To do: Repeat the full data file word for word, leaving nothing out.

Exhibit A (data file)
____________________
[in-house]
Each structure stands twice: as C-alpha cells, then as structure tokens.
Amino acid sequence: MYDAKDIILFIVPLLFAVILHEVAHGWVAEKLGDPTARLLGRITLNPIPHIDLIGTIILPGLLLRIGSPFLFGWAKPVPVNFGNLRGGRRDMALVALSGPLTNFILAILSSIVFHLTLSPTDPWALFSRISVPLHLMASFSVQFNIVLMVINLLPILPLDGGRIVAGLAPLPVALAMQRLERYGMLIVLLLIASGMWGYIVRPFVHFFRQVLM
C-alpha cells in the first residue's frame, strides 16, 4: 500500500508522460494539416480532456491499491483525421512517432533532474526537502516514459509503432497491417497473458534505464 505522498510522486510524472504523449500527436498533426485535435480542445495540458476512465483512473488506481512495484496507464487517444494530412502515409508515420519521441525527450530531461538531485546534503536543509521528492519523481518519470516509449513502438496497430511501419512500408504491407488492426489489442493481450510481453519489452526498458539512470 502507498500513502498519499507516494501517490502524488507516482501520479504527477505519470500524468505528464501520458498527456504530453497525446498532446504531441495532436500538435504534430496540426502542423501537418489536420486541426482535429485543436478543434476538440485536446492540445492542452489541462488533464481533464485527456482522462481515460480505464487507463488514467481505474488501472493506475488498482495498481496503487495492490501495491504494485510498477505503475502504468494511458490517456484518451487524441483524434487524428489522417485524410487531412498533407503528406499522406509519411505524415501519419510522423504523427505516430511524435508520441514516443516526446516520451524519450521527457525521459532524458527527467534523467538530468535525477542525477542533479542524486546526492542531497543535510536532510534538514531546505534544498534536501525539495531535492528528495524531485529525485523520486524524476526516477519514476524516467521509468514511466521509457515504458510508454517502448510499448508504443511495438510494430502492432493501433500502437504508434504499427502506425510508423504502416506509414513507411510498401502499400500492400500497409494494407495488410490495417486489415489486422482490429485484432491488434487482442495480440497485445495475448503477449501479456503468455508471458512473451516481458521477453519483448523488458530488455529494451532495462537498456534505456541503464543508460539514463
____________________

[in-house]
Each structure stands twice: as C-alpha cells, then as structure tokens.
Amino acid sequence: MYDAKDIILFIVPLLFAVILHEVAHGWVAEKLGDPTARLLGRITLNPIPHIDLIGTIILPGLLLRIGSPFLFGWAKPVPVNFGNLRGGRRDMALVALSGPLTNFILAILSSIVFHLTLSPTDPWALFSRISVPLHLMASFSVQFNIVLMVINLLPILPLDGGRIVAGLAPLPVALAMQRLERYGMLIVLLLIASGMWGYIVRPFVHFFRQVLM
C-alpha cells in the first residue's frame, strides 16, 4: 500500500508522460494539416480532456491499491483525421512517432533532474526537502516514459509503432497491417497473458534505464 505522498510522486510524472504523449500527436498533426485535435480542445495540458476512465483512473488506481512495484496507464487517444494530412502515409508515420519521441525527450530531461538531485546534503536543509521528492519523481518519470516509449513502438496497430511501419512500408504491407488492426489489442493481450510481453519489452526498458539512470 502507498500513502498519499507516494501517490502524488507516482501520479504527477505519470500524468505528464501520458498527456504530453497525446498532446504531441495532436500538435504534430496540426502542423501537418489536420486541426482535429485543436478543434476538440485536446492540445492542452489541462488533464481533464485527456482522462481515460480505464487507463488514467481505474488501472493506475488498482495498481496503487495492490501495491504494485510498477505503475502504468494511458490517456484518451487524441483524434487524428489522417485524410487531412498533407503528406499522406509519411505524415501519419510522423504523427505516430511524435508520441514516443516526446516520451524519450521527457525521459532524458527527467534523467538530468535525477542525477542533479542524486546526492542531497543535510536532510534538514531546505534544498534536501525539495531535492528528495524531485529525485523520486524524476526516477519514476524516467521509468514511466521509457515504458510508454517502448510499448508504443511495438510494430502492432493501433500502437504508434504499427502506425510508423504502416506509414513507411510498401502499400500492400500497409494494407495488410490495417486489415489486422482490429485484432491488434487482442495480440497485445495475448503477449501479456503468455508471458512473451516481458521477453519483448523488458530488455529494451532495462537498456534505456541503464543508460539514463